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Why Clarence "Gatemouth" Brown is a National Treasure.
Louisiana born, Texas bred Clarence "Gatemouth" Brown is a trans-genre, journeyman, multi-instrumentalist Renaissance man. Equally at home with Texas Blues, Cajun Zydeco, Western Swing, Rhythm and Blues, Country and Western, and Jazz, Brown spread his influence around generously. In this respect, one could see him as a rural Ray Charles. Brown is every bit the National Treasure that Charles is for no other reason than he, like Charles, possesses a fearlessly inquisitive interest in American Music. The 77-year old Brown has made a career out of defining and redefining all of America’s indigenous music. The late 1990s saw the release of two exceptional big band recordings ( Gate Swings, Verve 537617, 1997 and American Music, Texas Style, Verve 547536, 1999). These recordings recalled his excellent release on Rounder, Texas Swing (Rounder, 11527, 1988). These recordings are stocked full of jump blues and big band swing. Back to Bogalusa is a considerable departure from that genre. On this new recording, Brown studies the music of the Louisiana region, with a big nod toward Muscle Shoals Alabama and Memphis Tennessee.
Brown offers a mixed bag of music that has one thing in common— it is swampy. Sonny Landreth is on hand to provide his humid slide guitar playing to four of the cuts, including a wonderfully idiosyncratic version of Little Feat's "Dixie Chicken". Brown trades eights with the slide guitar master with his trademark, Basie-influenced sparseness. A note on Gate's guitar playing: he has never sounded better. His playing is, whether solo or obbligato, perfectly chosen and executed. His performance displays great craftsmanship and humor. Brown covers two songs by New Orleans R&B legend Bobby Charles ("It All Comes Back" and "Why are People Like That") which both showcase his guitar style. Zydeco is never far away and is found here in "Breaux Bridge Rag" and "Louisian'" with Zachary Richard on accordion (and Gate on violin). Just when you think there is no big band stuff, "Going Back to Louisiana" bursts out of nowhere with large charts. Landreth shows up again with his slide guitar and Mike Loudermilk tears off a perfect country solo.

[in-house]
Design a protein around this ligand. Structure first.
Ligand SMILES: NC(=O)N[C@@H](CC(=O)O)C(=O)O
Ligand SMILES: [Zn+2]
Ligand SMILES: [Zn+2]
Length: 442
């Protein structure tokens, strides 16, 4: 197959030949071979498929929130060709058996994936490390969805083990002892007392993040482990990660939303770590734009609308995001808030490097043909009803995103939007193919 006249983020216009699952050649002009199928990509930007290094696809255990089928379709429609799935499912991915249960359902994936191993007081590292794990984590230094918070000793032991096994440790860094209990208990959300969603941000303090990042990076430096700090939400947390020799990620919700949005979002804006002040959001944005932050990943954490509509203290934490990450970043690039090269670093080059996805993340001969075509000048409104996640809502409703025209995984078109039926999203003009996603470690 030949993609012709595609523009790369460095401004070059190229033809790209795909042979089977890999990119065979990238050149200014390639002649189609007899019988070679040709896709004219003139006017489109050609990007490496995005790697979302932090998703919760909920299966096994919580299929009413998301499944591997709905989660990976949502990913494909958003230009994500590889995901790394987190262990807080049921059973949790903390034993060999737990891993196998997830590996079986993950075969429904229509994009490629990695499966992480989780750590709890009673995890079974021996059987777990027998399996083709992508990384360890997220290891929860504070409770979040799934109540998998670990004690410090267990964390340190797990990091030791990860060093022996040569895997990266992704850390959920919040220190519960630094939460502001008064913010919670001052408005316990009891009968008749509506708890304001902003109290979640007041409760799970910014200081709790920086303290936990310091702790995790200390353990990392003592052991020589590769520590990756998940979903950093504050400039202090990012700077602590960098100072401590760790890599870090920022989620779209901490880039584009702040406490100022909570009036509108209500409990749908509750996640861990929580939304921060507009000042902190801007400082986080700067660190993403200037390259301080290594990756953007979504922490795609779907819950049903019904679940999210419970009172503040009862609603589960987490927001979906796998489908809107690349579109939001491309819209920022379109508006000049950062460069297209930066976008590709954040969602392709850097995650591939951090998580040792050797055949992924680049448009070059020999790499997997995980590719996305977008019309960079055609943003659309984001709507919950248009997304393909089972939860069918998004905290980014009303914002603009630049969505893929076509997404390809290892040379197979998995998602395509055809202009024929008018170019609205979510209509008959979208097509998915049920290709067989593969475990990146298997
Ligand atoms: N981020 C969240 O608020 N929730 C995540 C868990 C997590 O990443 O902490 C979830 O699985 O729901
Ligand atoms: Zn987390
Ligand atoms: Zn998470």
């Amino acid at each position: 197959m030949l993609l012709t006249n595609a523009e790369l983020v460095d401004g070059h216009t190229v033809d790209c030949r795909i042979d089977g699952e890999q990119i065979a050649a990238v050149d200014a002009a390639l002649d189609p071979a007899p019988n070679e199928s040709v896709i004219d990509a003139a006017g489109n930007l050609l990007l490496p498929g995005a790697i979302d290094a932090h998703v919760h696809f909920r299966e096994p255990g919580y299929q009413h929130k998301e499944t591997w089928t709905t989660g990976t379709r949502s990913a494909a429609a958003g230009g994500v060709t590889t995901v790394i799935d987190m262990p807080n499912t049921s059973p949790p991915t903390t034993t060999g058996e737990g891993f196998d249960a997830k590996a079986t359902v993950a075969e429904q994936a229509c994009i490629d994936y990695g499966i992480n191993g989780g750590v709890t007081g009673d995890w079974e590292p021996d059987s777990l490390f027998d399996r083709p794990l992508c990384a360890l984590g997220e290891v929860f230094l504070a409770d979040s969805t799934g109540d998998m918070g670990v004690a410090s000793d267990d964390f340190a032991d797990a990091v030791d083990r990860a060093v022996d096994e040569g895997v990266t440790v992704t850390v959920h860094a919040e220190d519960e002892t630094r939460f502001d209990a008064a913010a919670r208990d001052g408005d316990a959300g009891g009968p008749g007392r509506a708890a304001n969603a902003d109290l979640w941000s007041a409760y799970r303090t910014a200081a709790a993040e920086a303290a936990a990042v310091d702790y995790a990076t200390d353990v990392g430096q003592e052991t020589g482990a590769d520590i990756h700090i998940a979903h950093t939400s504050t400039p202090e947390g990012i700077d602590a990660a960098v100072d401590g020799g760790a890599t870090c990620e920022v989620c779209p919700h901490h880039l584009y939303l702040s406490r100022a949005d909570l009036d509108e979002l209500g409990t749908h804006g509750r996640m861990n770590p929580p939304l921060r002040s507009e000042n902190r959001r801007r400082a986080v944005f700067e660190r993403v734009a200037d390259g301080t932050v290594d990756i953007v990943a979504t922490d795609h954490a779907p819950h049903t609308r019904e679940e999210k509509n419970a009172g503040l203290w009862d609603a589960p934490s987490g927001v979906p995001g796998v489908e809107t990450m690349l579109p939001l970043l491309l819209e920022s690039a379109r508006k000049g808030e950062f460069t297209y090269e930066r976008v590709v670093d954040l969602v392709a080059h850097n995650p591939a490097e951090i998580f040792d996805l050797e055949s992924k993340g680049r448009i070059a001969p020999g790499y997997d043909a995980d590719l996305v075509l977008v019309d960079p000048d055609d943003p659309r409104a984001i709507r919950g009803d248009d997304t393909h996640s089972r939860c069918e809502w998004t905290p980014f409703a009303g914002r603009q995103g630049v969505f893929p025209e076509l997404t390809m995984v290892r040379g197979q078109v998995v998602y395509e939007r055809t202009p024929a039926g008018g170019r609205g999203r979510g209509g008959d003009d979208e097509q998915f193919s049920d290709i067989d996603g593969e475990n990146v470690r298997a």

Not all is perfect. "Bogalusa Boogieman" and "Dangerous Critter" are silly. But, "the instrumentals "Grape Jelly" and "Slap It" are sublime. The production might be a bit too slick for Brown's homespun talent, but this disc rocks nevertheless.
Track Listing: Folks Back Home; It All Comes back; Same Old Blues; Going Back to Louisiana; Breaux Bridge Rag; Why Are People Like That; Grape Jelly; Bogalusa Boogie Man; Louisian'; Dixie Chicken; Lie No Better; Slap It; Dangerous Critter. (Total Time: 58:50
Personnel: Clarence "Gatemouth" Brown: Vocals, Guitar, Violin; Harold Floyd, David Hyde: Bass; Joe Krown: Keyboards; David Peters: Drums; Mike Loudermilk, Sonny Landreth: Guitars; Zachary Richard: Accordion; Eric Demmer, Brent Rose: Saxophones; Brian O'Neill: Trombone
I was first exposed to jazz when I was studying at the University of Puerto Rico. Nearby, I found a little record shop where the music coming from the store (Taller de Jazz Don Pedro) made me stop. I walked down the short stairs and towards the music and learned that the music playing was Clifford Brown and Max Roach
I was first exposed to jazz when I was studying at the University of Puerto Rico. Nearby, I found a little record shop where the music coming from the store (Taller de Jazz Don Pedro) made me stop. I walked down the short stairs and towards the music and learned that the music playing was Clifford Brown and Max Roach. I fell in love with it. I wondered around until the owner (Pedro Soto) asked if I needed help. He then introduced me to John Coltrane, Miles Davis, Gerry Mulligan and the rest is history. I walked out of the store with my first jazz recording: Clifford Brown and Max Roach at Basin Street.